Presentation on theme: "Ionic Bonds and Ionic Compounds. Describe the formation of ionic bonds. Write formulas for ionic compounds and oxyanions. Apply naming conventions."— Presentation transcript:
Ionic Bonds and Ionic Compounds
Describe the formation of ionic bonds. Write formulas for ionic compounds and oxyanions. Apply naming conventions to ionic compounds and oxyanions.
The electrostatic force that holds oppositely charged particles together in an ionic compound is called an ionic bond. Compounds that contain ionic bonds are called ionic compounds. Binary ionic compounds contain only two different elements—a metallic cation and a nonmetallic anion.
When writing names and formulas for ionic compounds, the cation appears first followed by the anion.
A formula unit represents the simplest ratio of the ions involved. Monatomic ions are one-atom ions.
Oxidation number, or oxidation state, is the charge of a monatomic ion.
The symbol for the cation is always written first, followed by the symbol of the anion. Subscripts represent the number of ions of each element in an ionic compound. The total charge must equal zero in an ionic compound.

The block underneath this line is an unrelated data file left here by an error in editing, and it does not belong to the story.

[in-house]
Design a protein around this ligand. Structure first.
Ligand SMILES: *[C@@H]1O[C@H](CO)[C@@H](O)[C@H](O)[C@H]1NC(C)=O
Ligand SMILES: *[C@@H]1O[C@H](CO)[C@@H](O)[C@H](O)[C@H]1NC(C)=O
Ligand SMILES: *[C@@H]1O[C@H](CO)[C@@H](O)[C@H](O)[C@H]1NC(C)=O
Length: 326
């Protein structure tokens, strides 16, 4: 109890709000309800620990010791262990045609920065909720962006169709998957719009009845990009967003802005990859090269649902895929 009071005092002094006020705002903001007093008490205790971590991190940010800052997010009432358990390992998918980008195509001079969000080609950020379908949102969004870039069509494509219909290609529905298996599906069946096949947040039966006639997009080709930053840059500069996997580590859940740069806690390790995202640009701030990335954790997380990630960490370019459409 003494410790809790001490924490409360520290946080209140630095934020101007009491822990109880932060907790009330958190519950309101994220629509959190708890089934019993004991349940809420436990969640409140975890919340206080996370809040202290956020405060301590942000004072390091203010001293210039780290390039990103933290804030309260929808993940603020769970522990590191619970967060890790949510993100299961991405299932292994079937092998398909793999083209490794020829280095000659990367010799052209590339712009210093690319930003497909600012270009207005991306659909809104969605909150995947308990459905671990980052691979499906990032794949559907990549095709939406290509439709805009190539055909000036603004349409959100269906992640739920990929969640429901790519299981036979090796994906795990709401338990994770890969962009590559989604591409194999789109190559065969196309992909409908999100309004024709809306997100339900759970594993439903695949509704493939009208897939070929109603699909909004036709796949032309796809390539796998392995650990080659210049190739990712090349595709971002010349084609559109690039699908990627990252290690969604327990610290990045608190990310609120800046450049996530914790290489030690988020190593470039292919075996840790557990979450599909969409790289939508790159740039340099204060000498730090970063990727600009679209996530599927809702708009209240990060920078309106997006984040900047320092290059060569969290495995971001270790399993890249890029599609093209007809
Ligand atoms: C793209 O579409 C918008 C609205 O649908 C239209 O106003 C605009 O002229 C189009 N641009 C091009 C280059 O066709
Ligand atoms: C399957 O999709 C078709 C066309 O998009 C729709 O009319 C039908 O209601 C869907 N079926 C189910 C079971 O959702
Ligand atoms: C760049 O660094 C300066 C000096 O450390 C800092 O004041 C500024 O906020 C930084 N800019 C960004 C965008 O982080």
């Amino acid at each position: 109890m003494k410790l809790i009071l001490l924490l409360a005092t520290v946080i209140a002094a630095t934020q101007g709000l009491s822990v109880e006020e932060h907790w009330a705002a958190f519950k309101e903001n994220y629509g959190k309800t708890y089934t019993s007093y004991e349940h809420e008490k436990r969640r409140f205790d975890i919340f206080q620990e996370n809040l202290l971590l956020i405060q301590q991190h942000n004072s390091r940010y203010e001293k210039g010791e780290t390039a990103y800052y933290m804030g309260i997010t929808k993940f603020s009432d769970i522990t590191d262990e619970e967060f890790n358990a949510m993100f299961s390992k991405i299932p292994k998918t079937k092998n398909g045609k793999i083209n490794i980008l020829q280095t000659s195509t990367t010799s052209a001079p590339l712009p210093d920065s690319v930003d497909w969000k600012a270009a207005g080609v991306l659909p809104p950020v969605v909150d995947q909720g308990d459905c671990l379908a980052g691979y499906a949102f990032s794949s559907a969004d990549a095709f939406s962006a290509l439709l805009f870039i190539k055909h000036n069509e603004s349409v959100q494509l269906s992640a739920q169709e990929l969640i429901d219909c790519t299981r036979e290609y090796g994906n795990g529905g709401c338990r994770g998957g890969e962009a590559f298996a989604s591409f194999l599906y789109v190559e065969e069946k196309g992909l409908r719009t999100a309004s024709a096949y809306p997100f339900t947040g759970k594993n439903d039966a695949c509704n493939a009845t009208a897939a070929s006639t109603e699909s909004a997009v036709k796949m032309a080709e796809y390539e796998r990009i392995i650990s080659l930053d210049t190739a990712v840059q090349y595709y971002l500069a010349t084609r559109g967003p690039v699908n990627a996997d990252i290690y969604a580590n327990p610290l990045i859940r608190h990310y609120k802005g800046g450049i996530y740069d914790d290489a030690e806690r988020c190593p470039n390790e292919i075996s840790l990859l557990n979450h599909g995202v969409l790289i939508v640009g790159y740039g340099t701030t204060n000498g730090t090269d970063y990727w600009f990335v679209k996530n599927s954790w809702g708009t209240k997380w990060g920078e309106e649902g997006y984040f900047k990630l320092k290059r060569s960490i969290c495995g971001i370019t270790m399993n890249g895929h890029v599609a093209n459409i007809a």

Polyatomic ions are groups of atoms that have an overall charge.
Since polyatomic ions exist as a unit, never change subscripts of the atoms within the ion. If more than one polyatomic ion is needed, place parentheses around the ion and write the appropriate subscript outside the parentheses.
An oxyanion is a polyatomic ion composed of an element (usually a non-metal), bonded to one or more oxygen atoms.
Chemical nomenclature is a systematic way of naming compounds. 1. Name the cation followed by the anion. 2. For monatomic cations use the element name.
3. For monatomic anions, use the root element name and the suffix –ide. 4. To distinguish between different oxidation states of the same element, the oxidation state is written in parentheses after the name of the cation. 5. When the compound contains a polyatomic ion, name the cation followed by the name of the polyatomic ion.